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The American journal of physiology

Epidermal growth factor regulates fatty acid uptake and metabolism in Caco-2 cells.


PMID 10070036

Abstract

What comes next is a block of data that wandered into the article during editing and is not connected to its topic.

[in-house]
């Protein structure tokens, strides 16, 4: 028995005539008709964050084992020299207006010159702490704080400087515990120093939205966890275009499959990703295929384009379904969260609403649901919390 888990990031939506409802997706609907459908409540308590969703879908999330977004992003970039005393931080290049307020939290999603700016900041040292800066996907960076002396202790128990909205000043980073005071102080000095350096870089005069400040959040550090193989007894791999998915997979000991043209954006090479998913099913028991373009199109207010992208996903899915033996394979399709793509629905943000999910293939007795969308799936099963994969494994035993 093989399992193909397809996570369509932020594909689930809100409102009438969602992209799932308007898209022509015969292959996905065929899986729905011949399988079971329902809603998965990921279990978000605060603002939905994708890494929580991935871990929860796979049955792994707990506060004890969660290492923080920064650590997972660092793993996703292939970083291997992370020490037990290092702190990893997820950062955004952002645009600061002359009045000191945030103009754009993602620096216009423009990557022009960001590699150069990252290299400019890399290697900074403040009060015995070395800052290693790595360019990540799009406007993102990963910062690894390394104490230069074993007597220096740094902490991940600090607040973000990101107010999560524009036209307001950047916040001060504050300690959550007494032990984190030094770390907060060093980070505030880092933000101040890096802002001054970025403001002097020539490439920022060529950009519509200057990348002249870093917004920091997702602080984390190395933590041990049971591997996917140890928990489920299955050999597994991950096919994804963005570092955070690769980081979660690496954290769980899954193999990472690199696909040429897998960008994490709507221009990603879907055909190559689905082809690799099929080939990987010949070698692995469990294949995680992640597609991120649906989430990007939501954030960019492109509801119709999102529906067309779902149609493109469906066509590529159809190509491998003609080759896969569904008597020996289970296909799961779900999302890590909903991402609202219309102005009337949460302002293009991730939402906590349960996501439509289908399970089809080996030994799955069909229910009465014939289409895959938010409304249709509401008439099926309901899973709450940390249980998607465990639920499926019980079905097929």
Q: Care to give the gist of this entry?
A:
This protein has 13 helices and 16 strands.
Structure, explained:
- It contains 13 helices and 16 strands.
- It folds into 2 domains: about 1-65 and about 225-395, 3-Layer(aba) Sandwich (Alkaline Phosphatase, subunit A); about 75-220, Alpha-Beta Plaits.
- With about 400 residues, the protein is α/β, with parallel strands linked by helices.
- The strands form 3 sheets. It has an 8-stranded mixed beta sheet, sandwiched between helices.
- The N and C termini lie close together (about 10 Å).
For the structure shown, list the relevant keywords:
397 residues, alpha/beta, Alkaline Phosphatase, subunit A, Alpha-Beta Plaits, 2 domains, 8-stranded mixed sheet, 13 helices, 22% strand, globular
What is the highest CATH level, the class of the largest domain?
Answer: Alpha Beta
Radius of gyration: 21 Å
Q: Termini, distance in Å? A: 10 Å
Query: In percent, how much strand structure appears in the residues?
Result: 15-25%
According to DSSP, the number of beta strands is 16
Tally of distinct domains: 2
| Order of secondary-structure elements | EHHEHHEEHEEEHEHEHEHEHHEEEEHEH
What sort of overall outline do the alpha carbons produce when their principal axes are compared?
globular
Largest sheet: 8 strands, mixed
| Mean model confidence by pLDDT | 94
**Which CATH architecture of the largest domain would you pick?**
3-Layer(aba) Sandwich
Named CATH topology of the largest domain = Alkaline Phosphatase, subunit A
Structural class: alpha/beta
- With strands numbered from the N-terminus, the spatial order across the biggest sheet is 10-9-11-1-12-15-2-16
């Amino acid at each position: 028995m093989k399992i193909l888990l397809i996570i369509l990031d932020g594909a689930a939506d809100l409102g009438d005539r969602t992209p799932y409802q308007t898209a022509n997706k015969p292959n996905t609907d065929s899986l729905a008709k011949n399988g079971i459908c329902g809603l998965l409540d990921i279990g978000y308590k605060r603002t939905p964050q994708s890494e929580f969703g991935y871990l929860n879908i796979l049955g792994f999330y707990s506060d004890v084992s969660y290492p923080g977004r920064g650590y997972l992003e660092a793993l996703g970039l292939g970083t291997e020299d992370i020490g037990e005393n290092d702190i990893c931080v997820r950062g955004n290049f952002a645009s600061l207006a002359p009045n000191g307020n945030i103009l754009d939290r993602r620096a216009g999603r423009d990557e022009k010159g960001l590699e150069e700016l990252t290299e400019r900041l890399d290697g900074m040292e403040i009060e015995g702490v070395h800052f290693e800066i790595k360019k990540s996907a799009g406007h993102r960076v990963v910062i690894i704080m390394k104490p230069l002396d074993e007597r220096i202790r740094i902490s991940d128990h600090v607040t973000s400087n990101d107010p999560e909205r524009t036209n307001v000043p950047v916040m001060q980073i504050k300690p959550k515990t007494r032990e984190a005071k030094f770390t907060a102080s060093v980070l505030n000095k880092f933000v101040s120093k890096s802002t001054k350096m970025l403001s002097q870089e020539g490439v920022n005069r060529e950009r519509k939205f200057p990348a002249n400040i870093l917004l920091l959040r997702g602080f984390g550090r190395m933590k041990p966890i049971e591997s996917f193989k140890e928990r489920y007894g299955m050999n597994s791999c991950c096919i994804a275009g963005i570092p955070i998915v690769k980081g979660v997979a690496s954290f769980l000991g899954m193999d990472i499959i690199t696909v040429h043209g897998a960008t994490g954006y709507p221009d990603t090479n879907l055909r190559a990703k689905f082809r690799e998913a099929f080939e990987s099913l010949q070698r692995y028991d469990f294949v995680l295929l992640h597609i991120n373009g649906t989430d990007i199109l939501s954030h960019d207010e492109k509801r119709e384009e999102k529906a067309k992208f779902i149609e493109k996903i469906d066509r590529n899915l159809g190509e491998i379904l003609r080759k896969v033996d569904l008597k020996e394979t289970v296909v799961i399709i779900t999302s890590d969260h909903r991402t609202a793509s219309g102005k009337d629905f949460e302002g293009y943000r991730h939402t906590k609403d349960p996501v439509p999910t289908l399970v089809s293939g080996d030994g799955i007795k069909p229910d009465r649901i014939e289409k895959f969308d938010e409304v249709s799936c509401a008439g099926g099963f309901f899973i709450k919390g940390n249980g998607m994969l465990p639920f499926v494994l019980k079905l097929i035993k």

Epidermal growth factor (EGF) has been reported to stimulate carbohydrate, amino acid, and electrolyte transport in the small intestine, but its effects on lipid transport are poorly documented. This study aimed to investigate EGF effects on fatty acid uptake and esterification in a human enterocyte cell line (Caco-2). EGF inhibited cell uptake of [14C]palmitate and markedly reduced its incorporation into triglycerides. In contrast, the incorporation in phospholipids was enhanced. To elucidate the mechanisms involved, key steps of lipid synthesis were investigated. The amount of intestinal fatty acid-binding protein (I-FABP), which is thought to be important for fatty acid absorption, and the activity of diacylglycerol acyltransferase (DGAT), an enzyme at the branch point of diacylglycerol utilization, were reduced. EGF effects on DGAT and on palmitate esterification occurred at 2-10 ng/ml, whereas effects on I-FABP and palmitate uptake occurred only at 10 ng/ml. This suggests that EGF inhibited palmitate uptake by reducing the I-FABP level and shifted its utilization from triglycerides to phospholipids by inhibiting DGAT. This increase in phospholipid synthesis might play a role in the restoration of enterocyte absorption function after intestinal mucosa injury.